April 24, 2024
Economy

Germany to be worst performing rich economy for second year in a row


German Chancellor Olaf Scholz

German leader Olaf Scholz’s climate policies are creating uncertainty in the economy according to the country’s central bank – REUTERS/Liesa Johannssen

Germany will be the worst-performing rich economy in the world for the second year in a row as Olaf Scholz battles a property downturn and uncertainty over net zero targets.

Europe’s largest economy is forecast to grow by just 0.2pc this year, according to the Ifo Institute. This represents a major downgrade from previous predictions of a 0.7pc expansion.

Following last year’s contraction of 0.1pc, it means Germany is on track to be the worst performer in the G7 for a second consecutive year, based on forecasts by the International Monetary Fund (IMF).

Timo Wollmershäuser of the Ifo said: “Consumer restraint, high interest rates and price hikes, the government’s austerity measures, and the weak global economy are currently dampening the economy in Germany and leading to another winter recession.

“Economic output will accelerate toward the middle of the year as interest rate and price burdens gradually disappear and consumers’ purchasing power increases.”

Germany is struggling with slow growth in China, a major trading partner, which has experienced a muted rebound from the pandemic and is in the grip of a property crisis. Germany is battling its own housing downturn, as falling property prices force developers to cancel projects.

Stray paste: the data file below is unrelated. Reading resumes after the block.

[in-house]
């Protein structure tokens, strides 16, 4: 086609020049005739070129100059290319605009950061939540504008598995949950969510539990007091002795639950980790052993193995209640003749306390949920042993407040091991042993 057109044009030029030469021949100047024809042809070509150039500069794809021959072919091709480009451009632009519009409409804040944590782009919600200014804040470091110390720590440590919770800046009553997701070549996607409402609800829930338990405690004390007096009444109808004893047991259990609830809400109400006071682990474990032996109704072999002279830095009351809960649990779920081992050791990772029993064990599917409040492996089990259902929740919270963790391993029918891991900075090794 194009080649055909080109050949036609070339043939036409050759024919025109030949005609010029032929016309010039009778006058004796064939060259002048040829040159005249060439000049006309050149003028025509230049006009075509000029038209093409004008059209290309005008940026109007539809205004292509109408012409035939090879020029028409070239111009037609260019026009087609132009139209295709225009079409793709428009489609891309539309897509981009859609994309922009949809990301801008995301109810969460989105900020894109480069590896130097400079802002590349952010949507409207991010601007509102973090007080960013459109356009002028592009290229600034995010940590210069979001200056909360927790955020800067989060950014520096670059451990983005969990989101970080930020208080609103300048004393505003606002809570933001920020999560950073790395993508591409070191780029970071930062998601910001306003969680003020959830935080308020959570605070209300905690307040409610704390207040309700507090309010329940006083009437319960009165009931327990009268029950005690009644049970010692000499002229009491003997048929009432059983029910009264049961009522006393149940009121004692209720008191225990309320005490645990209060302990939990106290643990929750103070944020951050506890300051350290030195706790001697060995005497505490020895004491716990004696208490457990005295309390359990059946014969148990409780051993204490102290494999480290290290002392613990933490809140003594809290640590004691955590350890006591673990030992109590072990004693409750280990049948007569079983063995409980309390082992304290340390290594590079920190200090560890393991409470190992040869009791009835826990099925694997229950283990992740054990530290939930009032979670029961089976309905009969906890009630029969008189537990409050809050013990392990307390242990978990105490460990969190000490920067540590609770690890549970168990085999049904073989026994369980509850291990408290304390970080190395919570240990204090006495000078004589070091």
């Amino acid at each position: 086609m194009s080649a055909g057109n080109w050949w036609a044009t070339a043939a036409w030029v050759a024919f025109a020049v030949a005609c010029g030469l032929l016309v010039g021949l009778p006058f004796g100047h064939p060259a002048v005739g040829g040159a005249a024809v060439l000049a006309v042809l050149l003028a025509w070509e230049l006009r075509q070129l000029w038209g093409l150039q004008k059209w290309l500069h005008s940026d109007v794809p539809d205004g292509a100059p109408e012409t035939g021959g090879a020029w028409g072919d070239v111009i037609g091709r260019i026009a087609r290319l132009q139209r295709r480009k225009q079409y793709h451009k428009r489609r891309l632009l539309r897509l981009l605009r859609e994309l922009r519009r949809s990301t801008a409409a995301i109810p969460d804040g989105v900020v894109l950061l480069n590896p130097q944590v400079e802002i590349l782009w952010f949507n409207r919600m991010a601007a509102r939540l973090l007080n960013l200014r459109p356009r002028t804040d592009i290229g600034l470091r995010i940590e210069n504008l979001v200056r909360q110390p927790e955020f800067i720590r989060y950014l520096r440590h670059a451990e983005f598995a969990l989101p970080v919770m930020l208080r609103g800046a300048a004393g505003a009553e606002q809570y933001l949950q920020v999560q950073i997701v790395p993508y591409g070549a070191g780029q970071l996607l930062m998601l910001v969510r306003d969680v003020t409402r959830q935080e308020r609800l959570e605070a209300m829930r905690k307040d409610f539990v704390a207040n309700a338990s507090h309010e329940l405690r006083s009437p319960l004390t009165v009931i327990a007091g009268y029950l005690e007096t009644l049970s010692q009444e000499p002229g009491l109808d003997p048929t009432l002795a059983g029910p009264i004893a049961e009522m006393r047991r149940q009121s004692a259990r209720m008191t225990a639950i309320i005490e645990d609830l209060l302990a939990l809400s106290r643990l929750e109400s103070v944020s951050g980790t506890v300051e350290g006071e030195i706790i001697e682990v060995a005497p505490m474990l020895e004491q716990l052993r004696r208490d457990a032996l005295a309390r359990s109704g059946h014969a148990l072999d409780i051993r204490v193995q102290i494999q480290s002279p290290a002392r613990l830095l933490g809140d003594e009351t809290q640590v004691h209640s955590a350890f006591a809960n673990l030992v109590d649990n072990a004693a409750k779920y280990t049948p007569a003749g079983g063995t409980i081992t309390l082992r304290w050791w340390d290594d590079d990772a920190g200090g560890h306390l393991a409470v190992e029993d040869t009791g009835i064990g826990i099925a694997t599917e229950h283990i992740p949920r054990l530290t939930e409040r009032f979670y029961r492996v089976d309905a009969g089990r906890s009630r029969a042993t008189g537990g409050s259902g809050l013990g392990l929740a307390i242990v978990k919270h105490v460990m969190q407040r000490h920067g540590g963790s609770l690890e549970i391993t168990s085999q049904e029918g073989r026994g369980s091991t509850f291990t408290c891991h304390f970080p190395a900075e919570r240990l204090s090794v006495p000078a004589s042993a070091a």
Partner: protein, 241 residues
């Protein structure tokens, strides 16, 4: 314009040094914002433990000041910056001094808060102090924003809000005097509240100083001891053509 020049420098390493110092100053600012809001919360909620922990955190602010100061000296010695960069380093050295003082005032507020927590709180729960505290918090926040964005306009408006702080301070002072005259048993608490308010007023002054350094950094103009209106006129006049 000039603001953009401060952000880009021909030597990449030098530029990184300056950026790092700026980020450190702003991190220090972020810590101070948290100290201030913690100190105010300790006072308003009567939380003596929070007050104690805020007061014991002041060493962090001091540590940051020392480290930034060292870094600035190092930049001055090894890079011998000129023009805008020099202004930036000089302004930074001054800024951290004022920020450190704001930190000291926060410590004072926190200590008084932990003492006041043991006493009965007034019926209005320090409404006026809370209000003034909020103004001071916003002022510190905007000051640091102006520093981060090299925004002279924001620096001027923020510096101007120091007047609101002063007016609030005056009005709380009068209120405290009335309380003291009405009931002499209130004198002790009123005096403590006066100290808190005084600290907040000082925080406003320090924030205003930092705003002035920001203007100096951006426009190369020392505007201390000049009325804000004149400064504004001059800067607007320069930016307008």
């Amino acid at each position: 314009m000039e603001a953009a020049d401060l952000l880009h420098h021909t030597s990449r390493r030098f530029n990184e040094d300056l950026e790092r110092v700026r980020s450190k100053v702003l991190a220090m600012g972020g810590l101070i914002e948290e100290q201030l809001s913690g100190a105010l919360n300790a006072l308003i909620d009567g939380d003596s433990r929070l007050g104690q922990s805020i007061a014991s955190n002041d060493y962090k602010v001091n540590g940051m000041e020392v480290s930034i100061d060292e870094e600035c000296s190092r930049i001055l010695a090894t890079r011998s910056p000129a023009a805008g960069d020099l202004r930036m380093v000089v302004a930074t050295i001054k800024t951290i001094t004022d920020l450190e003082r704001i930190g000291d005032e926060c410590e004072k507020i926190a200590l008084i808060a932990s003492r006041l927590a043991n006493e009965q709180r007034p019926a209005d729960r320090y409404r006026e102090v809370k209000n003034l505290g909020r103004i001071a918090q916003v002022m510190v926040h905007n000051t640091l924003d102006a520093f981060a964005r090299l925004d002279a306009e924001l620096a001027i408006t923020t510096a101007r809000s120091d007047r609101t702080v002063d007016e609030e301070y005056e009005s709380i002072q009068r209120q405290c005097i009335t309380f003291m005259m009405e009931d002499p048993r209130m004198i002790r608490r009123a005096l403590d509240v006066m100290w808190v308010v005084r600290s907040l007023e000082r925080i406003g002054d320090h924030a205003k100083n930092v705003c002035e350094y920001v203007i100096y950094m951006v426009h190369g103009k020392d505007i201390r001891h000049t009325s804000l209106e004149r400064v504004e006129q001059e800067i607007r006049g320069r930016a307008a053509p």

At the same time Germany relied heavily on cheap Russian energy, rendering the country vulnerable when Vladimir Putin invaded Ukraine and sought to wield gas supplies as a weapon against the West.

Last month, Germany’s central bank the Bundesbank warned that “uncertainty regarding climate and transformation policy remains elevated” in Germany.

Scholz’s government was plunged into crisis last year after a constitutional court blew a €60bn (£51bn) hole in its net zero budget, after ruling ministers could not repurpose unspent Covid emergency funds to fight climate change.

German inflation is set to fall from 5.9pc last year to 2.3pc this year, the Ifo predicted, dropping to 1.6pc in 2025 as the cost of living crisis comes to an end.

Christian Lindner, Berlin’s finance minister, acknowledged the country’s problems, in January describing Germany as “the tired man” of Europe.

“Germany is not the sick man,” he told the World Economic Forum in Davos.

“After a very successful period since 2012 and these years of crisis, Germany is a tired man, after a short night, and the low growth expectations are partly a wake up call. And now we have a good cup of coffee – which means structural reforms – then we will be continuing to succeed economically.”

The average employee in Germany took 19.4 sick days last year, while the average hours worked per employee are the lowest in the G7.

Germany was the only G7 economy to shrink last year. Despite falling into recession, the UK grew 0.1pc and Japan expanded by 1.9pc. The US led the way with growth of 2.5pc.

IMF forecasts put the UK as the second-worst performing in the G7, but with growth of 0.6pc, three times faster than Germany. Italy is next with predicted growth of 0.7pc, while the US again leads the pack with output set to grow by 2.1pc.

Growth of 0.2pc would also mean Germany will be outperformed by every major developing economy, the weakest of which is South Africa, which the IMF expects to grow by 1pc this year.

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